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The National Archives wins education award
Our education service has been voted the Best Content Provider at the Schools Videoconference User Awards 2010. The awards, organised by the UK education and research network Ja.net, were judged by a panel of schools-based videoconferencing experts from across the UK.
The judges reported that The National Archives 'showed an excellent variety of workshops covering all age groups and a true commitment to remote learning through the numbers of students who have been taught through your videoconferencing workshops'.
Andrew Payne, Head of Education and Outreach at The National Archives, said: 'We are delighted to win this award which highlights The National Archives' commitment to delivering outstanding, innovative services. Particular credit goes to the Taught Sessions team who have developed and delivered such a diverse programme. Through its education work, The National Archives is giving millions of children a unique opportunity to interact with history, taking our collections to a new audience and helping to create the historians of tomorrow.'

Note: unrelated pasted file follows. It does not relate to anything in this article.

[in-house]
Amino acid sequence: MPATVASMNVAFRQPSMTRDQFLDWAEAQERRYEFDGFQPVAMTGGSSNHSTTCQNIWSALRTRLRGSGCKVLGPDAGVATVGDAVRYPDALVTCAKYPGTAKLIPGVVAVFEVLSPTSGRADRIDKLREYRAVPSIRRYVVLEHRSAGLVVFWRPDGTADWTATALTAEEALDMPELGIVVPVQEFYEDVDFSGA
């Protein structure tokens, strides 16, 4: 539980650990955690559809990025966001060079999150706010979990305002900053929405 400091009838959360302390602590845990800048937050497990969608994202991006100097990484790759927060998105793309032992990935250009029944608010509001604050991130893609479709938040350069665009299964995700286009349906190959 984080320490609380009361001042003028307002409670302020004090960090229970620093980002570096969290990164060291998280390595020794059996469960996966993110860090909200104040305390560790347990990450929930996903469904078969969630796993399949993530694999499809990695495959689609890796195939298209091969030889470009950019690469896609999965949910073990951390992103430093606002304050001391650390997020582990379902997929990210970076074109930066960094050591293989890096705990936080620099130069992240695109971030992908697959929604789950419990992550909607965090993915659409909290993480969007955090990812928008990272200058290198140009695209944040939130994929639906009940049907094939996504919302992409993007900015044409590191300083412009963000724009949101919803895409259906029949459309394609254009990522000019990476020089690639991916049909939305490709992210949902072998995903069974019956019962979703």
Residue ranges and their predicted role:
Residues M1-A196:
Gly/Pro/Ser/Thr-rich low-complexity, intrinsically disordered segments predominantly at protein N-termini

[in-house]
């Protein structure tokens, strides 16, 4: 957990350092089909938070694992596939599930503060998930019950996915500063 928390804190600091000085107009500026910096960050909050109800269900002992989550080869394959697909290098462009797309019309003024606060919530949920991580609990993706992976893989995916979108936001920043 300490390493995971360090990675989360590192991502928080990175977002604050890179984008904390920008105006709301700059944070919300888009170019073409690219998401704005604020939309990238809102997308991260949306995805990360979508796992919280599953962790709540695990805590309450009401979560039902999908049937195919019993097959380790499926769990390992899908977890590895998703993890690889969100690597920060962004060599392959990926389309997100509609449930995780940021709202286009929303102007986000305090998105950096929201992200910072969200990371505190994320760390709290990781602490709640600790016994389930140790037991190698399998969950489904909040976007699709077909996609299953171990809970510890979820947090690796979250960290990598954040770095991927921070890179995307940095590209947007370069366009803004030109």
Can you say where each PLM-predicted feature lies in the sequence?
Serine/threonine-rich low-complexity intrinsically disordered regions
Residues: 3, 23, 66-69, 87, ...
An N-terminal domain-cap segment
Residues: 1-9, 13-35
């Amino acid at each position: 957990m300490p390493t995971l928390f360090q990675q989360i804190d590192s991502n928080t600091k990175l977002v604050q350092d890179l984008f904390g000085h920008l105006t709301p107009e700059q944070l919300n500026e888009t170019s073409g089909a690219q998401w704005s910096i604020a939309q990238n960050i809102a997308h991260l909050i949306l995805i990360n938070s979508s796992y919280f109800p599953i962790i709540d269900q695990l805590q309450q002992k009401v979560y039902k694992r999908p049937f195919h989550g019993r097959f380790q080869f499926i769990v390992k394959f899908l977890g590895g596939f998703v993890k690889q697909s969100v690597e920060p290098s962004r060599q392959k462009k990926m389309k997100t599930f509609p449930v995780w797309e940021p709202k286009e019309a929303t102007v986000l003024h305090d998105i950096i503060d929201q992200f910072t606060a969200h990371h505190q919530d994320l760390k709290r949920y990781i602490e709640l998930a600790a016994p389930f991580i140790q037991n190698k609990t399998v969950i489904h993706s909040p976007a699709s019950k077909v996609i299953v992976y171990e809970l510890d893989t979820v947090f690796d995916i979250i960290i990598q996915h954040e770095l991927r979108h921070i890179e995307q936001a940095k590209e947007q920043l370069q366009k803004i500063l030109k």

Our education service taught over 6,500 students online through videoconferencing and virtual classrooms between April 2009 and March 2010. Giving pupils the opportunity to use primary source materials, the sessions cover a diverse range of topics from the English Civil War to the political struggle of the Suffragettes, and from medieval seals to slavery. Other resources offered by The National Archives' education service include workshops, lesson plans, podcasts and in-depth exhibitions.